Re­view likely to leave flag­ship in­dex un­changed for first time since 2006

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What does an un­changed FTSE 100 tell us about the mar­ket

As we went to press it was look­ing in­creas­ingly likely that the lat­est FTSE reshuf­fle would see no changes to the FTSE 100 for the first time in more than a decade.

These reshuf­fles can be sig­nif­i­cant and not just for the pres­tige associated with mem­ber­ship of the UK’s flag­ship in­dex. It can also af­fect the flow of money into a stock, as, when it en­ters the FTSE 100, funds which track the in­dex are com­pelled to buy.

We dis­cussed in our 23 Au­gust is­sue, which fo­cused on the FTSE 100, how these quar­terly re­views of in­dex mem­ber­ship work. As a brief re­minder, com­pa­nies qual­ify if they rank among the top 90 UK listed firms by mar­ket value and are elim­i­nated if they fall to po­si­tion 111 or be­low on the night be­fore the re­view takes place – in this case close on 4 Septem­ber.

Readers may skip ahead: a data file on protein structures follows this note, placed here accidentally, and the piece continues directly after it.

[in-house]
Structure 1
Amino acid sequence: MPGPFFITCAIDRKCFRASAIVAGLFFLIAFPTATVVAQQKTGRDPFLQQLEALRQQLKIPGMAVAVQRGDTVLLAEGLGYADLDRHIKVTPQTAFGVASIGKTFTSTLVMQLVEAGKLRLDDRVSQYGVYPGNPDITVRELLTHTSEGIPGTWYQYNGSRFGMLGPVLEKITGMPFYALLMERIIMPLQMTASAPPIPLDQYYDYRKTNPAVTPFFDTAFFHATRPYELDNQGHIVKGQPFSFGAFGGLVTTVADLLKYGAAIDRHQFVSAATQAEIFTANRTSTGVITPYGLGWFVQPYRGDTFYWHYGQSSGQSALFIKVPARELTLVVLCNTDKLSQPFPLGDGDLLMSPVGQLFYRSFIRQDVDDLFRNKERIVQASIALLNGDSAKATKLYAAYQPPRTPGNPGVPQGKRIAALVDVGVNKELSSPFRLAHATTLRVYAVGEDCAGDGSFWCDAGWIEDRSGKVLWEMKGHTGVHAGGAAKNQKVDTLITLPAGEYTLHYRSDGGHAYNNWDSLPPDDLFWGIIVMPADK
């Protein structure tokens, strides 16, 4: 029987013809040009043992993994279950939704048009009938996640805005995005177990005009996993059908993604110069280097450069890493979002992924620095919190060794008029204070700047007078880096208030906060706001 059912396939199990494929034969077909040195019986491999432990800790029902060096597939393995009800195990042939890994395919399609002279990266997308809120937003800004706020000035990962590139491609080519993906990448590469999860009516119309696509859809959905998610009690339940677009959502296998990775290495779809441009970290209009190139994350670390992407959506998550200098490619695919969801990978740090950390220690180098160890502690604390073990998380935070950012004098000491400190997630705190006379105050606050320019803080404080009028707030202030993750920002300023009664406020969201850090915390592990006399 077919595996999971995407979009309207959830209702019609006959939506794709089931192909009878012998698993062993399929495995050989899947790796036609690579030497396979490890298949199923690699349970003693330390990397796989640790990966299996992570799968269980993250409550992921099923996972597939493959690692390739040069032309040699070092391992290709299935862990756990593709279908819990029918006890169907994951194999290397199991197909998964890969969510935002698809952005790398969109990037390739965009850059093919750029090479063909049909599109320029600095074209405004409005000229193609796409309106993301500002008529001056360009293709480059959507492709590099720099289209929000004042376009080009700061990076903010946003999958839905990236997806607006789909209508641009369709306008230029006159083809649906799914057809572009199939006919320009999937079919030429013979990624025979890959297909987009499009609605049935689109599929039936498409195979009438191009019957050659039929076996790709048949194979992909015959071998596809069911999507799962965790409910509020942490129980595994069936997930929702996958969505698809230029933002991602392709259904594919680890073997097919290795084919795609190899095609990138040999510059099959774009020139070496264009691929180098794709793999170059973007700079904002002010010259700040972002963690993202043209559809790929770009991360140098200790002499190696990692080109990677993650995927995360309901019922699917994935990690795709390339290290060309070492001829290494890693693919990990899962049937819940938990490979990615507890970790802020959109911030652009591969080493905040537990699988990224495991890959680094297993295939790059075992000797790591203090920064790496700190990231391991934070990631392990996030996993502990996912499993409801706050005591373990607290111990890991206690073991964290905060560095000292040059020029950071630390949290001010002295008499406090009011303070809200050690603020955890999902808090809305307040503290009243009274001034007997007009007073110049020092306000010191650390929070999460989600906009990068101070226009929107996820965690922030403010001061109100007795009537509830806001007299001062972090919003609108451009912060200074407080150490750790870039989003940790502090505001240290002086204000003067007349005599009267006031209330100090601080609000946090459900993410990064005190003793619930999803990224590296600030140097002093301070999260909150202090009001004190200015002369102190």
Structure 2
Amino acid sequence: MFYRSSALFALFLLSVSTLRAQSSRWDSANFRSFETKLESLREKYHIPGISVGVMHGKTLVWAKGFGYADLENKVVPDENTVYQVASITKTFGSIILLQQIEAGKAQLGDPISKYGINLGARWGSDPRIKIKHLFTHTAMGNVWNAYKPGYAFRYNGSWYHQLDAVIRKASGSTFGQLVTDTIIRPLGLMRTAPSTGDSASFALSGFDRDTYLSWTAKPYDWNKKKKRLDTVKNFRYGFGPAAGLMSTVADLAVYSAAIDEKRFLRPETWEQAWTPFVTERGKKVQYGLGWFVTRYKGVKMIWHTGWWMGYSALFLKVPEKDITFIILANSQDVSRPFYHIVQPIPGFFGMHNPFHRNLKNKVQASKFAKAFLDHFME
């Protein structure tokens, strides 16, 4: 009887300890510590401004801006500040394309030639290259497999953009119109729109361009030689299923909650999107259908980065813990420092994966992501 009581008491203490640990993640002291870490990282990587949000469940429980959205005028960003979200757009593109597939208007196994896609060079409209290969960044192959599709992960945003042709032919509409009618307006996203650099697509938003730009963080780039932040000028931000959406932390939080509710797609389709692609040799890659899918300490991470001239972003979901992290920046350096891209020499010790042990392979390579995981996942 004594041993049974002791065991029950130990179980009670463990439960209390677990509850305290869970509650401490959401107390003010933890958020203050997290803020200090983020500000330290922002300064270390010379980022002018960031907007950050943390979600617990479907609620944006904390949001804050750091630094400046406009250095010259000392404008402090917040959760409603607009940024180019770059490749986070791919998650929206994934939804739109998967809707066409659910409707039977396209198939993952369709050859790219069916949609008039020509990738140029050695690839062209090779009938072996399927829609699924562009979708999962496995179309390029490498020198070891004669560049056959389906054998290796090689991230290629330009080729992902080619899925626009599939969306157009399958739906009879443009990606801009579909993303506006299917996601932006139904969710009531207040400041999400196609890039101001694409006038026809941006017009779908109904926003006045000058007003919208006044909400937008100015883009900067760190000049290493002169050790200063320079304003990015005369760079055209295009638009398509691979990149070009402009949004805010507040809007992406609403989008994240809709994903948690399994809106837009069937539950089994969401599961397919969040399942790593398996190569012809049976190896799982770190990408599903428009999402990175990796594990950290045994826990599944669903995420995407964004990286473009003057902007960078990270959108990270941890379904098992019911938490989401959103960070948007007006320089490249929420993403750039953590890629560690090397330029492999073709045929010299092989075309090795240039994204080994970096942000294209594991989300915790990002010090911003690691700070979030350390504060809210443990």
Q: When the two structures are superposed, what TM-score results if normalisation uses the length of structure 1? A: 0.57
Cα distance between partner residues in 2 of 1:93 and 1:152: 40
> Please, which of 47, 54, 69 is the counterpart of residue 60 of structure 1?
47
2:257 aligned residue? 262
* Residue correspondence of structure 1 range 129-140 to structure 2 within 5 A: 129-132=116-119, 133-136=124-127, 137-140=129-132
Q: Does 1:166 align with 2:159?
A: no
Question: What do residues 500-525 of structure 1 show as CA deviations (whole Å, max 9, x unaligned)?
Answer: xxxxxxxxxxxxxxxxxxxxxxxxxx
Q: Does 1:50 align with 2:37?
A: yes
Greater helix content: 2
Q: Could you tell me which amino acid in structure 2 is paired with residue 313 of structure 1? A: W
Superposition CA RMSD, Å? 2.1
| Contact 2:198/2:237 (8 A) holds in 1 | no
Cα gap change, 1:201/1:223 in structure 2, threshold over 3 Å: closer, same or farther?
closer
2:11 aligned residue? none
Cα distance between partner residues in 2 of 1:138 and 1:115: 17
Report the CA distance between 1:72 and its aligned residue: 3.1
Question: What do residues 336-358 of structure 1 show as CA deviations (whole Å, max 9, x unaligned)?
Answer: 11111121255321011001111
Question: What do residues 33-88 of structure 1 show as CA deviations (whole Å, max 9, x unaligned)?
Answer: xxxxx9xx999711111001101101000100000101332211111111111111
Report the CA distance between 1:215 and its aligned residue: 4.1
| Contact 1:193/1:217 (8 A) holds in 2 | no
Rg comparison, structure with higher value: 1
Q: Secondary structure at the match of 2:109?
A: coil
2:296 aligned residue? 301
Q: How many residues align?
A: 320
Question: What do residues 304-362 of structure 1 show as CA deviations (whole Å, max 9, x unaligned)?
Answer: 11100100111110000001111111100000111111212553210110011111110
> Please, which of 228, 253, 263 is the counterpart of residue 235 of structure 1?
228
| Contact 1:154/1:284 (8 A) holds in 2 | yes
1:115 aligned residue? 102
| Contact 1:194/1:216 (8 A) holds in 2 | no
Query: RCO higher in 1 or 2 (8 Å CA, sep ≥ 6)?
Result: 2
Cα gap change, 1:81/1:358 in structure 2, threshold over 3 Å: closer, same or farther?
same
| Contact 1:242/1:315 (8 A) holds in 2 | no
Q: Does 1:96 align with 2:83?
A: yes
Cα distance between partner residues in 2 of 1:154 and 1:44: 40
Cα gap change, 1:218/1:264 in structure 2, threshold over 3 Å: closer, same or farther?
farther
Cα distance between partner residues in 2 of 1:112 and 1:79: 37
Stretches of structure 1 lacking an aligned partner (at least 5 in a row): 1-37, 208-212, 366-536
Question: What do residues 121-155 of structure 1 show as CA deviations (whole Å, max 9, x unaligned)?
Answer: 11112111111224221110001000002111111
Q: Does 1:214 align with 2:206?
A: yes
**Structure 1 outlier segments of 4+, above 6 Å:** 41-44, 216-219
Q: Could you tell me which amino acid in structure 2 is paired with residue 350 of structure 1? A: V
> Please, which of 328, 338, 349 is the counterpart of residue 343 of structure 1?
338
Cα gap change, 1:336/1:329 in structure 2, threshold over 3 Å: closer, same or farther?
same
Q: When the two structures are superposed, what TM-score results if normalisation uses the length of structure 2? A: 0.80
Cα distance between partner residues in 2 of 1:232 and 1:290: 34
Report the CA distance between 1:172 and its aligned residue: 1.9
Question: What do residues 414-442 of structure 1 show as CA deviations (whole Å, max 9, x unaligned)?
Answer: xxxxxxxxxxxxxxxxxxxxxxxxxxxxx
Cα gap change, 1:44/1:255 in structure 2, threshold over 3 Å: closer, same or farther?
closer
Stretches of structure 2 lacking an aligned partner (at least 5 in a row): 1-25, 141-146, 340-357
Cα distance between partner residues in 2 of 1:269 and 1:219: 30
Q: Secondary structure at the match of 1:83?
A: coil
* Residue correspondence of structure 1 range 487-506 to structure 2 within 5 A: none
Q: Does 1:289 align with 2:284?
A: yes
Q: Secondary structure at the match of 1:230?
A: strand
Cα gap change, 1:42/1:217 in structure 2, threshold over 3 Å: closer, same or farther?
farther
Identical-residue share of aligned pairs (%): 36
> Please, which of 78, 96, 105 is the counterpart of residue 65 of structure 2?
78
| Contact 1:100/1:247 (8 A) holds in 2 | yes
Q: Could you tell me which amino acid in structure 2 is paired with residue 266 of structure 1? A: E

At the time of writ­ing, the low­est ranked FTSE 100 com­pany was prop­erty list­ings site Right­move (RMV) but it was still ma­te­ri­ally above the cut-off point for au­to­matic de­mo­tion.


Whether the fact the FTSE 100 will re­main the same for two con­sec­u­tive quar­ters for the first time since 2006 is a sign of wel­come sta­bil­ity or sterility is open to ques­tion.

Since the last reshuf­fle was de­ter­mined at the end of May, the FTSE 100 has drifted, trad­ing close to the 7,800 mark in early Au­gust but now just barely above 7,500.

It also im­plies mid caps are lack­ing the mo­men­tum to break into the top ech­e­lons of the mar­ket. This would fit neatly into a nar­ra­tive of the FTSE 250, the pool from which fu­ture FTSE 100 firms are drawn, be­ing neg­a­tively im­pacted by Brexit un­cer­tainty due to a do­mes­tic bias.

How­ever, as we dis­cussed in our fol­low-up to the FTSE 100 fea­ture last week, which looked at the FTSE 250 in de­tail, many of its con­stituents have in­ter­na­tional hori­zons. The two com­pa­nies which were knock­ing hard­est on the door of the blue chip in­dex, oil ser­vices firm

Wood Group (WG.) and in­dus­trial pumps spe­cial­ist Weir (WEIR) are both truly global busi­nesses.

In the long-term there are still rea­sons to be­lieve the FTSE 250 can con­tinue its his­tor­i­cally strong per­for­mance. Mid caps oc­cupy a very healthy po­si­tion. They are nei­ther too small, and thereby lack­ing the scale re­quired for a suc­cess­ful busi­ness, or too big and ma­ture to gen­er­ate mean­ing­ful growth.

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